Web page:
How a lack of teamwork might affect patient outcomes negatively
Lack of teamwork has substantial negative effects, not only on the health results of the patient but also on the performance of the organization. A hospital’s culture of cooperation results in high staff satisfaction and retention. The absence of cooperation results in a less competitive work environment characterized by high absenteeism rates and poor employee engagement (Reeves et al., 2017). This is detrimental to patient safety and care quality. In hospitals where healthcare teams collaborate poorly, the power structure is hierarchical, and communication is exclusive and restricted. As a consequence, there is less appreciation and comprehension among the personnel. According to Reeves et al. (2017), the result of poor communication is poor health care delivery, and patients experience the repercussions, such as a longer hospital stay.

Interprofessional Collaboration in Pediatric Primary Care
Obstacles to cooperation between healthcare professionals and patients
There are several hurdles to professional cooperation at various organizational levels within a healthcare institution. At the organizational level, the failure to recognize and value the contributions of other health professionals hinders the delivery of excellent health outcomes (Ghorob & Bodenheimer, 2015). One element of effective cooperation is recognizing and appreciating the contributions of team members to the main objective. When hospitals fail to recognize these efforts, the professionals become demotivated and see no need to commit further time, effort, and money into improving patient health outcomes. Individual members’ lack of commitment might hamper health care operations at the team level (Ghorob & Bodenheimer, 2015). Every member should make it their own responsibility to offer their knowledge and experience in the pursuit of a shared objective, better health result. Individually, a protective mindset impedes the collaborative process (Ghorob & Bodenheimer, 2015). This inhibits the acceptance of constructive criticism and ideas from other members, so retarding the patient’s rehabilitation.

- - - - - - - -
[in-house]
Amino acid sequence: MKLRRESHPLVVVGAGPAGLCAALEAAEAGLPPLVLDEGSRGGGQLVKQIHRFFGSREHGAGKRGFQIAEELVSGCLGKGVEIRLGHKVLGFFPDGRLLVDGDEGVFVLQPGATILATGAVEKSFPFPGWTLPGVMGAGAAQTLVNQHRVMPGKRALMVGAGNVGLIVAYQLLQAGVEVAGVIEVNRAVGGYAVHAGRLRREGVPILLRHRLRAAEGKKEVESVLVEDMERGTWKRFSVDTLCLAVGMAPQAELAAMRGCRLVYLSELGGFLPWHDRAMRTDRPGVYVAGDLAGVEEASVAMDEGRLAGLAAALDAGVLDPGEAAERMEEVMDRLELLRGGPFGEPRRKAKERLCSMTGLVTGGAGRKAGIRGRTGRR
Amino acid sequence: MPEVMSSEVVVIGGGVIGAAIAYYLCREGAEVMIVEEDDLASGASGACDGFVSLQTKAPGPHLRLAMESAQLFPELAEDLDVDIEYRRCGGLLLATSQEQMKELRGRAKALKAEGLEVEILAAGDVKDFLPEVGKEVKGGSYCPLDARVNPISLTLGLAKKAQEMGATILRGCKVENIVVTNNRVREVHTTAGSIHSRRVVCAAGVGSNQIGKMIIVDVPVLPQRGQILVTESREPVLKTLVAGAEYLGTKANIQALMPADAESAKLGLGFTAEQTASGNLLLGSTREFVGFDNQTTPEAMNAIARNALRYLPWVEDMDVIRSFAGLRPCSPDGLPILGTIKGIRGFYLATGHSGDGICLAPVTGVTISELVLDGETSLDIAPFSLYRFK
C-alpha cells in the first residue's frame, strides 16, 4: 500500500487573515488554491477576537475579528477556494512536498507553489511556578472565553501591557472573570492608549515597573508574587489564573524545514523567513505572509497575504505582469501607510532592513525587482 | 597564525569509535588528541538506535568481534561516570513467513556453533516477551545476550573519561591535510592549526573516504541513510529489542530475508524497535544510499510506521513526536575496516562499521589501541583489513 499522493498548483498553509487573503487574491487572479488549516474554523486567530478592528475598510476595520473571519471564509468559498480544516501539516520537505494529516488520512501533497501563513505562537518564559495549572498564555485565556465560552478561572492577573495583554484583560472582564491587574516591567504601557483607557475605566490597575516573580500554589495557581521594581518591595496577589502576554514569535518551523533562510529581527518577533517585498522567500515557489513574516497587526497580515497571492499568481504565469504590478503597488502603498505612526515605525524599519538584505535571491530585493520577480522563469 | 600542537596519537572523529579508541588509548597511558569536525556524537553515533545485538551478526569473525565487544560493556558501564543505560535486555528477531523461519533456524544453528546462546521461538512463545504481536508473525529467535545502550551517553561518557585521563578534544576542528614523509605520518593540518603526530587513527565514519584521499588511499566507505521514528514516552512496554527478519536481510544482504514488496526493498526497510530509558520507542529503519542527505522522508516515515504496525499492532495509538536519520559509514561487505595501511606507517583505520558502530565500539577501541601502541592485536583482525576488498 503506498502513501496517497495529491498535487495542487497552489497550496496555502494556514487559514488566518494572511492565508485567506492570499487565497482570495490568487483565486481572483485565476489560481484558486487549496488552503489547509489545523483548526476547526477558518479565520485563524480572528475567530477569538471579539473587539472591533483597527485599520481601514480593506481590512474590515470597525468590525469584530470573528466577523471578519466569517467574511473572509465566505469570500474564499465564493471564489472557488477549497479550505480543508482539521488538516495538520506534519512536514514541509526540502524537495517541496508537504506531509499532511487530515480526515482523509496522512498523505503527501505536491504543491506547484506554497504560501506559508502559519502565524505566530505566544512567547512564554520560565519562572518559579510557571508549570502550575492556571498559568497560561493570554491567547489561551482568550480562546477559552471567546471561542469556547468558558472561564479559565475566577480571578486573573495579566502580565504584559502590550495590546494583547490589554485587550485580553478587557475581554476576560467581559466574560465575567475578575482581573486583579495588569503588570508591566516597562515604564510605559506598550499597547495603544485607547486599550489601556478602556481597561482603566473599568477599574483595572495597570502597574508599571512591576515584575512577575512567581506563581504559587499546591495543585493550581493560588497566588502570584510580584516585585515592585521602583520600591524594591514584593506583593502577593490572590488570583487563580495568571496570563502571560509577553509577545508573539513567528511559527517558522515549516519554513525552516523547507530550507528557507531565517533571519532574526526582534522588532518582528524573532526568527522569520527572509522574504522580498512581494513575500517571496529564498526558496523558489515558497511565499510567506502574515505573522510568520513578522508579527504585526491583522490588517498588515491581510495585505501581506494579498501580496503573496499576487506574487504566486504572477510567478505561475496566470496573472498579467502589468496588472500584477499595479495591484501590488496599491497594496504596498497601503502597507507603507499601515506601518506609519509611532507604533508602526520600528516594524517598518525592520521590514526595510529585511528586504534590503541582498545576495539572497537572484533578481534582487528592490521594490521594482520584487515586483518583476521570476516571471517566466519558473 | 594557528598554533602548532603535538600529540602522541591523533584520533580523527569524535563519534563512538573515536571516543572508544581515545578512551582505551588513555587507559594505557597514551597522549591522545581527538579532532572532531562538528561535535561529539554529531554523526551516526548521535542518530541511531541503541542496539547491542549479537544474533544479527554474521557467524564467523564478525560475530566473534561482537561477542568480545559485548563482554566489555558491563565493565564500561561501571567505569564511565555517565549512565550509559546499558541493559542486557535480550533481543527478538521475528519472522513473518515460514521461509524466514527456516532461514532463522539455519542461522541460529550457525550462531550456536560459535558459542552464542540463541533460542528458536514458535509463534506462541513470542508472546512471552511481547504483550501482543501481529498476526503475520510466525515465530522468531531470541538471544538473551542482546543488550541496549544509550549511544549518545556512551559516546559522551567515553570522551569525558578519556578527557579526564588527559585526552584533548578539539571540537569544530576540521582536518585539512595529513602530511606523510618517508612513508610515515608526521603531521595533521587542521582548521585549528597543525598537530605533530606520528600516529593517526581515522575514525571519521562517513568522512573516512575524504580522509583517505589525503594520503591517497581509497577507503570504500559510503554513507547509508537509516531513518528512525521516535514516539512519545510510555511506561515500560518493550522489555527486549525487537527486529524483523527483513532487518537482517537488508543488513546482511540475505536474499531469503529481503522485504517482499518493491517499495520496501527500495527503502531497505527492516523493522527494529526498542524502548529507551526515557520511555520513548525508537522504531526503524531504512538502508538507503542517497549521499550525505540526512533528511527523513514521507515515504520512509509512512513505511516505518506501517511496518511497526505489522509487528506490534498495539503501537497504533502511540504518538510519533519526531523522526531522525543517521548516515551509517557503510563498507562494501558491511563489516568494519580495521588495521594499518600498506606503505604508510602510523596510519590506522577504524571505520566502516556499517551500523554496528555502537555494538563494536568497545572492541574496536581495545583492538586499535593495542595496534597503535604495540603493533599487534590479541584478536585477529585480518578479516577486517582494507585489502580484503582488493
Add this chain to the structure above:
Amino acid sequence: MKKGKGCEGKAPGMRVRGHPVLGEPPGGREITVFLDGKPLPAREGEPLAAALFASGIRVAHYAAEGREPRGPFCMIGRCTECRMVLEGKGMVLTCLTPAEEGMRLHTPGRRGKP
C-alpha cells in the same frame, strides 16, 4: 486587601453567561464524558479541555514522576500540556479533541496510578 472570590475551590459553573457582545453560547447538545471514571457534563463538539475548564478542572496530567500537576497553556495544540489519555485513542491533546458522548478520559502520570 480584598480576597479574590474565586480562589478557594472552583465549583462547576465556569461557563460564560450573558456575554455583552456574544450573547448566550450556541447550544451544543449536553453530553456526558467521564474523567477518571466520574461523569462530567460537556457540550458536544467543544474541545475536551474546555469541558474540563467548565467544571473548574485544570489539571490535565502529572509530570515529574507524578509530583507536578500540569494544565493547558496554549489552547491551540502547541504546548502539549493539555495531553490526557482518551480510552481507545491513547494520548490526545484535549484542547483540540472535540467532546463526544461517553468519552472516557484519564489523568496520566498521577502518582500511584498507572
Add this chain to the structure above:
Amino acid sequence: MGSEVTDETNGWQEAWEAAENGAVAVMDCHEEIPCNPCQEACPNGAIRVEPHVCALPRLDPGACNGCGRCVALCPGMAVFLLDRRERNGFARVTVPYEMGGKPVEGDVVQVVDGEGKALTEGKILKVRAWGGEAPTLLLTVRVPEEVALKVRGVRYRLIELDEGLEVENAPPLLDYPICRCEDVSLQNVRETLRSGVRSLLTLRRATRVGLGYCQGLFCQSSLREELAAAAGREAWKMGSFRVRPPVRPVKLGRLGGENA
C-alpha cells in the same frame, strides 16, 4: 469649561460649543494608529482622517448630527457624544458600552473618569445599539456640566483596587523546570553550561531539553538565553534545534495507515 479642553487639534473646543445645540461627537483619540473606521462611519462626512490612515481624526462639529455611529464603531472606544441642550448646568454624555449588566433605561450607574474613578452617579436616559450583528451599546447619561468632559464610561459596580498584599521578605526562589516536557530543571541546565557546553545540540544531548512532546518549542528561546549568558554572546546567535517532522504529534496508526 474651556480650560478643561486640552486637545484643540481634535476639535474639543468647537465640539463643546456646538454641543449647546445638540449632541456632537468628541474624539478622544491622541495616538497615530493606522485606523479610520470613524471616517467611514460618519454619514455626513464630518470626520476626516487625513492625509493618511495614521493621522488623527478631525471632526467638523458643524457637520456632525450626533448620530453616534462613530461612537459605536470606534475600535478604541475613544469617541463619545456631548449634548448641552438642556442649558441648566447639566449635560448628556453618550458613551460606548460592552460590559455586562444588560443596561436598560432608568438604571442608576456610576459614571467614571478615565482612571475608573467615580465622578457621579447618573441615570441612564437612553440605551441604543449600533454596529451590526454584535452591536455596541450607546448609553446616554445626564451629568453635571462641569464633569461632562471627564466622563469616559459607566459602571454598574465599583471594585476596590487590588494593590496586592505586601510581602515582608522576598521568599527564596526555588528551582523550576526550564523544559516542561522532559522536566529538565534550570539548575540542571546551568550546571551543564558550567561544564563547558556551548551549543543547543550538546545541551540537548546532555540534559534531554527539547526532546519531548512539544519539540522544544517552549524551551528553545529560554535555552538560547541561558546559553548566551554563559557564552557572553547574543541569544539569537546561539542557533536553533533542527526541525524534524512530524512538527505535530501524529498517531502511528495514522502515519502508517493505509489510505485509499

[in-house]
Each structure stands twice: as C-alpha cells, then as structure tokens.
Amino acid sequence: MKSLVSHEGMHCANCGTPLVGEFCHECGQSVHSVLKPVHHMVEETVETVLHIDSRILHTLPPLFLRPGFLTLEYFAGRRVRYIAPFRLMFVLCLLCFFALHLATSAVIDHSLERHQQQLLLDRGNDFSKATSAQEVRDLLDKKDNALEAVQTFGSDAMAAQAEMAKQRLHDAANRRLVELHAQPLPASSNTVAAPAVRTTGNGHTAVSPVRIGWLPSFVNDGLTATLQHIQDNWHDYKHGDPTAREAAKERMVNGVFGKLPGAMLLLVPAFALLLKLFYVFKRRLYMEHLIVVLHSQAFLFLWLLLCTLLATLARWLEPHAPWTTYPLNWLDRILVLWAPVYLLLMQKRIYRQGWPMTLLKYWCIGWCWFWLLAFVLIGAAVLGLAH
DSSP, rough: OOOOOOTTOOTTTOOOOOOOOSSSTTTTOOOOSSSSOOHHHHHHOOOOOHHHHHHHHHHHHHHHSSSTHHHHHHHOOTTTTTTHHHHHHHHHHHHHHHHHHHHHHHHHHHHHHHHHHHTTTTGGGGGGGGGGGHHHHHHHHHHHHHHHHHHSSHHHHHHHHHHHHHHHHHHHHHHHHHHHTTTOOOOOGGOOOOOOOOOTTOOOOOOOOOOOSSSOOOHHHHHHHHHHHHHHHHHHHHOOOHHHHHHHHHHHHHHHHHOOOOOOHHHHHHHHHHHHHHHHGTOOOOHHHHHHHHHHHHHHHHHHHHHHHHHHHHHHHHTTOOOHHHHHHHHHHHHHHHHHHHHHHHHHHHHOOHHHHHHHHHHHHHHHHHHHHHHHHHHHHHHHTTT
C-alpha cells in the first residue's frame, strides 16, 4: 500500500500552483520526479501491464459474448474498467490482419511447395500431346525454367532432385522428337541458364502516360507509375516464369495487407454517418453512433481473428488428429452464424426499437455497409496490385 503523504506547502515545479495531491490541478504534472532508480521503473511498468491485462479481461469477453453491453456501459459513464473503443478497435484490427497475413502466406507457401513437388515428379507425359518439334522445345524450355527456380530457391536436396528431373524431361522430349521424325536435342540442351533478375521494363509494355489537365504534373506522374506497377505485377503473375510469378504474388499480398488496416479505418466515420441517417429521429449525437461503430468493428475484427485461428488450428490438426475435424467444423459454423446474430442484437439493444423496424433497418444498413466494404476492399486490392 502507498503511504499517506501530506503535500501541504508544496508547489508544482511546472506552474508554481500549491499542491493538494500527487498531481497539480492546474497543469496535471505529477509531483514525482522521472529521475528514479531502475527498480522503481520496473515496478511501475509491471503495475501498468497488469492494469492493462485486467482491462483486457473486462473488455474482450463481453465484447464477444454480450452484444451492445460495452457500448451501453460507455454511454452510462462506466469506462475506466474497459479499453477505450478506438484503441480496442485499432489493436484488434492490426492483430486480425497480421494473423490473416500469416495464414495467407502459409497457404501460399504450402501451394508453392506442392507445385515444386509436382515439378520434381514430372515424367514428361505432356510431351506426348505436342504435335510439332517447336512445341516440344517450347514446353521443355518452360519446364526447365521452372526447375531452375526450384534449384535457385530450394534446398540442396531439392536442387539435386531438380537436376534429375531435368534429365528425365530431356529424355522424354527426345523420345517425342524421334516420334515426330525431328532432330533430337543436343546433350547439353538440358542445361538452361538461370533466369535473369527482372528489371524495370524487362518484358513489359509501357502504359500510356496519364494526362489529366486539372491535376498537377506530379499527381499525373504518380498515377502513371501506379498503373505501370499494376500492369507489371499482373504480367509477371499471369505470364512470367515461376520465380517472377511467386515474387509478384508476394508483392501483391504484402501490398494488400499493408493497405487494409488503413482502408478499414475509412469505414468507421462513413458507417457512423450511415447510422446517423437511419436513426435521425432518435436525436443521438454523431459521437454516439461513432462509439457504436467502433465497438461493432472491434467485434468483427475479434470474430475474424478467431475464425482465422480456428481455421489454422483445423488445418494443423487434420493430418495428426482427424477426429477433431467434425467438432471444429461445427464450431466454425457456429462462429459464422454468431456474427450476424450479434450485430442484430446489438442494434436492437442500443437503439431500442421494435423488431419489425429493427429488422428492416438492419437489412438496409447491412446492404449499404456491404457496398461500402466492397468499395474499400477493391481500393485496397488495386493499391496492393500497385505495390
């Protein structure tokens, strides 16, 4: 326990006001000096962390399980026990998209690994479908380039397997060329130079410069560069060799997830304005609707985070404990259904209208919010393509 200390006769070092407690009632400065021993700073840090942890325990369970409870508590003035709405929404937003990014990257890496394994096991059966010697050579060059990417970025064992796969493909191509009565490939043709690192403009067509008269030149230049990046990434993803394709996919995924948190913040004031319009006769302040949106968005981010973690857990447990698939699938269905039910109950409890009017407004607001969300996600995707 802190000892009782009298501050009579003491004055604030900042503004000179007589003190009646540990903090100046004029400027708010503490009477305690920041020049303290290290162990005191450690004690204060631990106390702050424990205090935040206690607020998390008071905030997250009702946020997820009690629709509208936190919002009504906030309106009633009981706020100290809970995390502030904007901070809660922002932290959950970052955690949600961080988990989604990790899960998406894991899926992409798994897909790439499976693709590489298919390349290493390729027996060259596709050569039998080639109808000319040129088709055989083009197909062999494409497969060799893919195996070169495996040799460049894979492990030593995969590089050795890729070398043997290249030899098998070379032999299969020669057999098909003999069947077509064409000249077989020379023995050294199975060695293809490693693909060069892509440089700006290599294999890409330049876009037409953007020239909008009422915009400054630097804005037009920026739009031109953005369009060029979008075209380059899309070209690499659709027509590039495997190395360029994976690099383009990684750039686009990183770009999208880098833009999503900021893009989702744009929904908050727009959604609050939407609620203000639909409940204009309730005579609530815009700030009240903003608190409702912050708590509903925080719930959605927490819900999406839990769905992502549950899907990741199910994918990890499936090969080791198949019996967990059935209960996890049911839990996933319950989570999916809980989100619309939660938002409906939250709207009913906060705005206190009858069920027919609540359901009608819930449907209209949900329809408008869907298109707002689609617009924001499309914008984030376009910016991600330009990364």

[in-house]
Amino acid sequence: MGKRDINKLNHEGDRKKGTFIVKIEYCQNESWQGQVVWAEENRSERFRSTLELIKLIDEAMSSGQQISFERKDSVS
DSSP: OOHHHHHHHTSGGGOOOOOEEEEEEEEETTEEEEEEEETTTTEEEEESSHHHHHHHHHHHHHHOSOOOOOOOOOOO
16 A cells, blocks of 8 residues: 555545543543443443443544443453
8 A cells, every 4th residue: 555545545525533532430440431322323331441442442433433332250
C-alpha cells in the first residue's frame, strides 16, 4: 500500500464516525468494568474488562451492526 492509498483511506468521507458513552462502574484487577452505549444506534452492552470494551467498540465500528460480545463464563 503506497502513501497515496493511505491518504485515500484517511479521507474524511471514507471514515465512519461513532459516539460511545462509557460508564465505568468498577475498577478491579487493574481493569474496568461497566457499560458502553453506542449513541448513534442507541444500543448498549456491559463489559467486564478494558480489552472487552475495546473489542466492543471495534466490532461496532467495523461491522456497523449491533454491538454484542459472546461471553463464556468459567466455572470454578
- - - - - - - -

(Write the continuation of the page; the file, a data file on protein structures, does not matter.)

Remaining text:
Methods for promoting professional teamwork in pediatric primary care
Collaborative care incorporates many staff members in the provision of patient care. Katkin et al. (2017) assert that a flourishing collaborative team atmosphere is defined by a number of characteristics. The leadership must first establish a culture of trust. A company with a culture of trust fosters the exchange of information and the delivery of excellent health care (Katkin et al., 2017). Secondly, clearly identifying the duties and responsibilities of each team member fosters teamwork. Third, keeping open and efficient communication facilitates professional teamwork. Maintaining mutual regard and compassion while addressing one another increases their working connection and the collaborative process (Katkin et al., 2017). Giving each team member an equal opportunity to participate is crucial to the collaborative process (Katkin et al., 2017). This guarantees that every person feels appreciated and that their efforts matter. Lastly, consensus decision-making encourages teamwork since each member has a voice in the ultimate decision. Since a result, they are compelled to provide their best work to the team, as every viewpoint counts.